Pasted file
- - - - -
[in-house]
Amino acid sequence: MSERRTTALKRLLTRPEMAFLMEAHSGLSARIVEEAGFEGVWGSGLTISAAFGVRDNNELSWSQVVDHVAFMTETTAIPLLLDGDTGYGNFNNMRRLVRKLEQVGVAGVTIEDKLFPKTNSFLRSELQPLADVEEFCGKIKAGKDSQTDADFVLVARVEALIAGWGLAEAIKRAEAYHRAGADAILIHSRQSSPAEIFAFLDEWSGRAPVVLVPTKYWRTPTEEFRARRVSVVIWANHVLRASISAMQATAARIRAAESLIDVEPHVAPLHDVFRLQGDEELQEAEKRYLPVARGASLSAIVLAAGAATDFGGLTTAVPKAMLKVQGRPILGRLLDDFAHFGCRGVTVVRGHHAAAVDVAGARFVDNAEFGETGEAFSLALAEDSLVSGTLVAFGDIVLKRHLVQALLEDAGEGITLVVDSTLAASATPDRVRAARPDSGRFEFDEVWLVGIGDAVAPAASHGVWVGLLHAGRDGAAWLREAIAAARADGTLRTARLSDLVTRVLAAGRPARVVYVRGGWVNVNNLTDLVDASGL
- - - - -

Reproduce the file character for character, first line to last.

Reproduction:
[in-house]
Amino acid sequence: MSERRTTALKRLLTRPEMAFLMEAHSGLSARIVEEAGFEGVWGSGLTISAAFGVRDNNELSWSQVVDHVAFMTETTAIPLLLDGDTGYGNFNNMRRLVRKLEQVGVAGVTIEDKLFPKTNSFLRSELQPLADVEEFCGKIKAGKDSQTDADFVLVARVEALIAGWGLAEAIKRAEAYHRAGADAILIHSRQSSPAEIFAFLDEWSGRAPVVLVPTKYWRTPTEEFRARRVSVVIWANHVLRASISAMQATAARIRAAESLIDVEPHVAPLHDVFRLQGDEELQEAEKRYLPVARGASLSAIVLAAGAATDFGGLTTAVPKAMLKVQGRPILGRLLDDFAHFGCRGVTVVRGHHAAAVDVAGARFVDNAEFGETGEAFSLALAEDSLVSGTLVAFGDIVLKRHLVQALLEDAGEGITLVVDSTLAASATPDRVRAARPDSGRFEFDEVWLVGIGDAVAPAASHGVWVGLLHAGRDGAAWLREAIAAARADGTLRTARLSDLVTRVLAAGRPARVVYVRGGWVNVNNLTDLVDASGL